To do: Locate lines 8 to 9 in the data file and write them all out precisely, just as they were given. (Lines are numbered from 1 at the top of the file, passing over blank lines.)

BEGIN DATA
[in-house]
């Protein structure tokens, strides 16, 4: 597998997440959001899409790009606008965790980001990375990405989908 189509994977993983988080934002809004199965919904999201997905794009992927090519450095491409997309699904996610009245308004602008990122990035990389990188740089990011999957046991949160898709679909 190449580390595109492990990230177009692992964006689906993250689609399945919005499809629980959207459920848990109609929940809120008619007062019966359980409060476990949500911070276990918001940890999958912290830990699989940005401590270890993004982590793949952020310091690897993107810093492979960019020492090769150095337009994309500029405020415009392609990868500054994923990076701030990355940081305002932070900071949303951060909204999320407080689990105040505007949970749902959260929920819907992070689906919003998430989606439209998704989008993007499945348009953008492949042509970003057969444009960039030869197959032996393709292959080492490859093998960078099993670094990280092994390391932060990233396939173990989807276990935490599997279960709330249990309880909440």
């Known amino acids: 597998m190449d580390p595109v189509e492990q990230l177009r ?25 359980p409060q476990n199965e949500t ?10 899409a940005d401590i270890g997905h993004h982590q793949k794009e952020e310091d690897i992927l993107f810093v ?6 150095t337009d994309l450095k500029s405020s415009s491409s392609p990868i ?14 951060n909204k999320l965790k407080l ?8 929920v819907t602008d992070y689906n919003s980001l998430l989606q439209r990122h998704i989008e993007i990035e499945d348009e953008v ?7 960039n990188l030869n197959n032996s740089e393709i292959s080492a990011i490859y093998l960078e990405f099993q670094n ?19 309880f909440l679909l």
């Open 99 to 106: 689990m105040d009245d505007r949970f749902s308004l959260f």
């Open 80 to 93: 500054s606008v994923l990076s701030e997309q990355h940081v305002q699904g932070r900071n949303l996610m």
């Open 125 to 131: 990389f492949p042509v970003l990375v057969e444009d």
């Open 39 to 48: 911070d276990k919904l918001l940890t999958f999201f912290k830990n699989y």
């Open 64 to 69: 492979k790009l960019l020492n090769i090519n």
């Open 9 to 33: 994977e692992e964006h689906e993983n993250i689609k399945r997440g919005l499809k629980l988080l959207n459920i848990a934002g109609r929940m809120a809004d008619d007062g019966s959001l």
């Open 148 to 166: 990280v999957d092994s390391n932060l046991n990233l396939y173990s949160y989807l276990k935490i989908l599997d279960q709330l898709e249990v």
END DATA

């Open 64 to 69: 492979k790009l960019l020492n090769i090519n």
């Open 9 to 33: 994977e692992e964006h689906e993983n993250i689609k399945r997440g919005l499809k629980l988080l959207n459920i848990a934002g109609r929940m809120a809004d008619d007062g019966s959001l």